Victor Davis Hanson Private Papers

Voting ‘no’ on Obama’s immigration policies

by Victor Davis Hanson // TSM

Immigration reform activists in Washington, D.C., July 7, 2014. (Win McNamee/Getty)

Immigration reform activists in Washington, D.C., July 7, 2014. (Win McNamee/Getty)

Everyone finds a lesson in the Republican midterm tsunami.

One message was that so-called comprehensive immigration reform and broad amnesty have little national public support. Polls have long shown that, but so do last week’s election results.

Candidates in swing states who promised amnesties got no edge from such opportunistic posturing.

Candidates who pandered to identity groups and played the ethnic card lost in most cases.

Voters in liberal Oregon overwhelmingly rejected driver’s licenses for undocumented immigrants.

In reaction, President Obama sulked, threatening to quickly push through an unpopular amnesty by executive order. Obama apparently knows that he enjoys neither public nor congressional support for his planned executive fiat.

In an increasingly multiracial society, voters — including many Mexican Americans — see mostly illogic, hypocrisy and chaos in the present relaxed immigration policy of the partisan-minded Obama administration. They grow weary of identity politics that privilege some immigrant groups over others based on no definable, much less consistent, logic.

Voters assume that liberal-elite advocates of open borders who mock finishing the border fence count on the fences around their own estates — whether Hollywood grandees, the former mayor of Los Angeles or the president of the United States.

They understand that quick assimilation and melting-pot integration — made possible only by measured, diverse and legal immigration — are not the goals of either ethnic lobbyists orDemocratic Party activists.

Were immigrants from Mexico or Central America soon to vote in unpredictable patterns, the political effort to wink at illegal immigration across the southern border would abruptly stop.

Midterm voters apparently understood that “comprehensive immigration reform” has devolved into something like comprehensive health care reform — a euphemism for Obama’s larger efforts at fundamentally transforming America.

For all the reformist rhetoric about merit-based and ethnically blind legal immigration, there is no evidence yet that the La Raza elite or the Democratic Party prefer race and ethnicity to be irrelevant in adjudicating immigration procedures.

It’s hard to find supporters of immigration reform who argue that the Kenyan, South Korean, Czech or Jamaican applicant for entry into the U.S. should be treated equally on the basis of skill sets, education or prior background — rather than as a future identity-politics voter.

Most Americans are in favor of granting green cards to foreign nationals who have been here for years as long as they pay a fine, are not on public assistance and have no record of criminal activity, and as long as the border remains closed. The majority of the millions residing here illegally might well qualify for eventual legal residence, and would appreciate recognition that they are working, not on state assistance, and have abided by the laws during their long stay in the U.S.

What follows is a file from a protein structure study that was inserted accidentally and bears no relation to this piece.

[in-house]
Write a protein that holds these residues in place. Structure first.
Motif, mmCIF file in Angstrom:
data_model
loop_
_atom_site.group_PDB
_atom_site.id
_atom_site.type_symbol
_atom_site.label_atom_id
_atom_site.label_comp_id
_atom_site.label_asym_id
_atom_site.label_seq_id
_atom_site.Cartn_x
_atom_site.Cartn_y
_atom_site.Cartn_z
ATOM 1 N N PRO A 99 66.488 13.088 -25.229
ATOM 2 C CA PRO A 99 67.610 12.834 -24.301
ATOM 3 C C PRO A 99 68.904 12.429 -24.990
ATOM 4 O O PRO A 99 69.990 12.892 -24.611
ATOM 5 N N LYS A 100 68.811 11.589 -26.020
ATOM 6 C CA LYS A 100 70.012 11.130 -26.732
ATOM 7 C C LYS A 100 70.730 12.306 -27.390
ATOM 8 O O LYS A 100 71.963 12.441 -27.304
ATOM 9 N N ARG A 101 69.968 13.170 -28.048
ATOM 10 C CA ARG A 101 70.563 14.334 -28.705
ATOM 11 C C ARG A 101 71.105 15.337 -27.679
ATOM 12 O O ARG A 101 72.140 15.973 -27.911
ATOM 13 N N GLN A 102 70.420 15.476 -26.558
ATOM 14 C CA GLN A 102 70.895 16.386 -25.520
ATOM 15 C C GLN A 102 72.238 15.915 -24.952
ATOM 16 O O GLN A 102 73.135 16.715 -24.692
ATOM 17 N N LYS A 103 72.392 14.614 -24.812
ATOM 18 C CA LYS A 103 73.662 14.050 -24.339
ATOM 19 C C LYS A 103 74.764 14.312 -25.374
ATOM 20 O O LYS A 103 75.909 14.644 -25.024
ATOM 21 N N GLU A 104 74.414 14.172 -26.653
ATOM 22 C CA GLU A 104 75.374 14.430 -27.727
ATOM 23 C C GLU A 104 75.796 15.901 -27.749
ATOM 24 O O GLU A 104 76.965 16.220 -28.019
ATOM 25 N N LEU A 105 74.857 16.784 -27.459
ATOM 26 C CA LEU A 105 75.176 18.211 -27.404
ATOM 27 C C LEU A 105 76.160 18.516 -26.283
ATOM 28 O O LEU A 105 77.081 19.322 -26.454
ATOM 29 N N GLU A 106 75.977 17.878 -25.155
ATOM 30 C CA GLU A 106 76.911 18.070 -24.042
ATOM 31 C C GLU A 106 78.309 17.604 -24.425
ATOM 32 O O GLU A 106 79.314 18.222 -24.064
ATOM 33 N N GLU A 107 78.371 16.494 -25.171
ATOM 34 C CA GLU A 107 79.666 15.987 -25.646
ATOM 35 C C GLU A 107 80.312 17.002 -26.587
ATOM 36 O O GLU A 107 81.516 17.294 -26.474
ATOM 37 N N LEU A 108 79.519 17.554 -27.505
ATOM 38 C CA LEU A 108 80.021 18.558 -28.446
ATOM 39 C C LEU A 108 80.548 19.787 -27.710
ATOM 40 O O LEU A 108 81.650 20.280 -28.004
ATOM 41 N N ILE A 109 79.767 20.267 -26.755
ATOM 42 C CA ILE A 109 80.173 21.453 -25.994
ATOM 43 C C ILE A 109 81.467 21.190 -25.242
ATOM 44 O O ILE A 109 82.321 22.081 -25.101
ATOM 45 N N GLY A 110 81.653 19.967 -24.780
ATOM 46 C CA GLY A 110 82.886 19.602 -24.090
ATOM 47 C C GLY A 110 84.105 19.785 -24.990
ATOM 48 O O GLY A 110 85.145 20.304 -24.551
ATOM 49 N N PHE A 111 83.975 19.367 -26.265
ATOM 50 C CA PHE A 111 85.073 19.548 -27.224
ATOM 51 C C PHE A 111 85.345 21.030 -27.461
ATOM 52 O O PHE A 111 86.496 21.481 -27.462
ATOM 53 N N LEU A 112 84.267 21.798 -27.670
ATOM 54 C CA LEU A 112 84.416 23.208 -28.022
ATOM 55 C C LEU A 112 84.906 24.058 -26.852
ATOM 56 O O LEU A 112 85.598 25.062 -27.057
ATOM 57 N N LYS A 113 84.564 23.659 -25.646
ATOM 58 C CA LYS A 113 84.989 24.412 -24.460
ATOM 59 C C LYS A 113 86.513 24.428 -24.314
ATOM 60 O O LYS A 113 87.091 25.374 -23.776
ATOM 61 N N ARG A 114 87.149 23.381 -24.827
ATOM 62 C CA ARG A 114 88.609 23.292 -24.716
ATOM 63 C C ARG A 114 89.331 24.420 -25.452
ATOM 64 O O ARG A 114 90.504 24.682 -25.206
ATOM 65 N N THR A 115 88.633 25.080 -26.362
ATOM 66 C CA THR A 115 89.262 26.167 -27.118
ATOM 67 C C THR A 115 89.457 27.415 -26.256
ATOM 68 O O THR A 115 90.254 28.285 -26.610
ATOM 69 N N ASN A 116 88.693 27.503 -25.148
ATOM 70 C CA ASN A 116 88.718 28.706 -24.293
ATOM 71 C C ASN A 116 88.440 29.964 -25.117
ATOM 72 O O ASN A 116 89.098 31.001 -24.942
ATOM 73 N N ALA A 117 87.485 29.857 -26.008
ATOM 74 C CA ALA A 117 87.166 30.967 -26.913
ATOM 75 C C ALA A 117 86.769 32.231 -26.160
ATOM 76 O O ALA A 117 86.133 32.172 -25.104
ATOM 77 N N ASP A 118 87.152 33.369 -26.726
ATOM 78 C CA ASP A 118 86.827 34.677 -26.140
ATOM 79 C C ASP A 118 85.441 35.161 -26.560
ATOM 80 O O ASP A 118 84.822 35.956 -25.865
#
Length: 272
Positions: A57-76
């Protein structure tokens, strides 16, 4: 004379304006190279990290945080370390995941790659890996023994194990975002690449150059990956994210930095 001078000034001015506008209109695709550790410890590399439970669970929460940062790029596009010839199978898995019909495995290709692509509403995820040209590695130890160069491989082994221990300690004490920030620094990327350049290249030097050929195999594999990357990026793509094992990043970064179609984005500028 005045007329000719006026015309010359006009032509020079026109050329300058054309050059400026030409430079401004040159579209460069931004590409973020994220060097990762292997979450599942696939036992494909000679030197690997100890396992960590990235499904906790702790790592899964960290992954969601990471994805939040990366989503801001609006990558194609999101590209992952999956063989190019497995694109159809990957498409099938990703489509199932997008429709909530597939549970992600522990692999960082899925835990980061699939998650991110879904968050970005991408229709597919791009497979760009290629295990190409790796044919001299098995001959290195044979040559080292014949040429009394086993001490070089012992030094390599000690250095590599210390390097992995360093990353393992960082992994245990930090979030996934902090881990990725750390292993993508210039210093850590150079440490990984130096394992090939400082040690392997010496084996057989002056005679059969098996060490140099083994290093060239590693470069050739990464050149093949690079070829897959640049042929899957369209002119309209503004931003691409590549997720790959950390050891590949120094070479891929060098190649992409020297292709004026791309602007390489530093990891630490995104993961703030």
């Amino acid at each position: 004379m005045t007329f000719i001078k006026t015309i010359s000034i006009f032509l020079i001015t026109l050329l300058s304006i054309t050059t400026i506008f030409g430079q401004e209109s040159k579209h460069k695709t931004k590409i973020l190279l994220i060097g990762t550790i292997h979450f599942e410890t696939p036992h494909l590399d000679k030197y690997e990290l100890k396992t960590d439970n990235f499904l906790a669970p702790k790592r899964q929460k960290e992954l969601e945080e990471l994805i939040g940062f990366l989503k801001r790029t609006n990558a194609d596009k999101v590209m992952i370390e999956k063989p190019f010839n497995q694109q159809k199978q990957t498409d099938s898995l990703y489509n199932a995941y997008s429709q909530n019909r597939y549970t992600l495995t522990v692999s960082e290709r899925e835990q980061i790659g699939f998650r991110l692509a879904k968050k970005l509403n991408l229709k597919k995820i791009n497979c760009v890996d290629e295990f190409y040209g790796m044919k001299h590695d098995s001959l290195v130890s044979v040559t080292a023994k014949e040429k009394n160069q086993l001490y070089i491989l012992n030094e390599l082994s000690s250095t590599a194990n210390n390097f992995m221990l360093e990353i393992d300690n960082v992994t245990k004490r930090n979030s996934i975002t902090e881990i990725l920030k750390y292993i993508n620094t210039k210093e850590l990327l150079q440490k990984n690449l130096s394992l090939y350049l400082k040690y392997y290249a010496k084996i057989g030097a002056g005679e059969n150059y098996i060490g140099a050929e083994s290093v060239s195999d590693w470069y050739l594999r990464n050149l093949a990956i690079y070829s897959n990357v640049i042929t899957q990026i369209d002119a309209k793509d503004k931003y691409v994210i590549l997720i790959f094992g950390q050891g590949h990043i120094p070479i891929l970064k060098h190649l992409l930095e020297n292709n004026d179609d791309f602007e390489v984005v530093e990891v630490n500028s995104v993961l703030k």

But will reform advocates say whether they would favor deporting those who just arrived in the cynical expectation of amnesty? Will they deport to their countries of origin those who sought public assistance instead of work in the U.S., or those who abused their guest status by committing crimes in their host country? So far, advocates of reform stay mostly mum on those topics. The result is that “comprehensive immigration reform” remains a mushy catchphrase that can mean anything and therefore means nothing.

At a time when ethnic, religious and tribal groups are killing each other across the globe, why are concepts of hyphenation, identity politics or mandatory bilingualism in official documents preferable to the exceptional American idea of a melting pot, a common culture and a shared national language?

Voters last week seemed to be saying that the entire immigration debate is morally upside down.

The true unethical position is that of the immigration hijacker who decides — without the force of law, public opinion or court sanction — to enhance his narrow political, cultural or economic interests. He cares little about the ensuing effects of his self-interest on collective infrastructure, social services, law enforcement, criminal justice or state budgets.

So what, exactly, do Americans want out of immigration?

It would seem that Americans appreciate the vibrancy, energy and new ideas that immigrants bring. But a great many Americans also insist that immigrants come legally, in manageable numbers, in ethnically diverse fashion, eager to learn English and assimilate quickly.

If advocates of comprehensive immigration reform are going to win Americans over to their side, they are going to have to find a new approach to the debate that they have now lost.